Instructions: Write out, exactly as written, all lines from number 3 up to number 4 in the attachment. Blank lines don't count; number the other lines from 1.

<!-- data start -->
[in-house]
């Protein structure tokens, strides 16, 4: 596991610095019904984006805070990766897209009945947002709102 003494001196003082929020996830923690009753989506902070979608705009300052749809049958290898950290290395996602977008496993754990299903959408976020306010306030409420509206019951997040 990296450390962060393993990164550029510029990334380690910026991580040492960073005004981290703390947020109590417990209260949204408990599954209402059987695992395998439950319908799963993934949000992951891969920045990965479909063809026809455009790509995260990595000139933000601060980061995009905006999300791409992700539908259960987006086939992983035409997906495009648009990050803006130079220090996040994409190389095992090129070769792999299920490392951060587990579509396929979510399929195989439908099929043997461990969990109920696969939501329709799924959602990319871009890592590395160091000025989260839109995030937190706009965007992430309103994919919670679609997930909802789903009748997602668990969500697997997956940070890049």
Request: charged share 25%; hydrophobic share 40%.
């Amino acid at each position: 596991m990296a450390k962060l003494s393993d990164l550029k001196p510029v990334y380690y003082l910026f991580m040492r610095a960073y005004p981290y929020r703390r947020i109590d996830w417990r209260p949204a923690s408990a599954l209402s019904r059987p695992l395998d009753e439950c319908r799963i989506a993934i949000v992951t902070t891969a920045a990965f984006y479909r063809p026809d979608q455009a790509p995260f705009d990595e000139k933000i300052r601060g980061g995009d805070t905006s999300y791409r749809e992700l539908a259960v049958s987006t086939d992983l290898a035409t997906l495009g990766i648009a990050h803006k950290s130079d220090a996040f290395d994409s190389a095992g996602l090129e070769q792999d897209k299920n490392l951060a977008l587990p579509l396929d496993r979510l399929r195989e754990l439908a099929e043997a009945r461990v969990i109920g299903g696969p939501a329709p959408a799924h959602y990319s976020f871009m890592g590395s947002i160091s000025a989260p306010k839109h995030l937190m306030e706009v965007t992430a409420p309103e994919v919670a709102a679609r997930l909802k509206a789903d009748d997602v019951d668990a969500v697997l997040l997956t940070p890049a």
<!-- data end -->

Request: charged share 25%; hydrophobic share 40%.
């Amino acid at each position: 596991m990296a450390k962060l003494s393993d990164l550029k001196p510029v990334y380690y003082l910026f991580m040492r610095a960073y005004p981290y929020r703390r947020i109590d996830w417990r209260p949204a923690s408990a599954l209402s019904r059987p695992l395998d009753e439950c319908r799963i989506a993934i949000v992951t902070t891969a920045a990965f984006y479909r063809p026809d979608q455009a790509p995260f705009d990595e000139k933000i300052r601060g980061g995009d805070t905006s999300y791409r749809e992700l539908a259960v049958s987006t086939d992983l290898a035409t997906l495009g990766i648009a990050h803006k950290s130079d220090a996040f290395d994409s190389a095992g996602l090129e070769q792999d897209k299920n490392l951060a977008l587990p579509l396929d496993r979510l399929r195989e754990l439908a099929e043997a009945r461990v969990i109920g299903g696969p939501a329709p959408a799924h959602y990319s976020f871009m890592g590395s947002i160091s000025a989260p306010k839109h995030l937190m306030e706009v965007t992430a409420p309103e994919v919670a709102a679609r997930l909802k509206a789903d009748d997602v019951d668990a969500v697997l997040l997956t940070p890049a």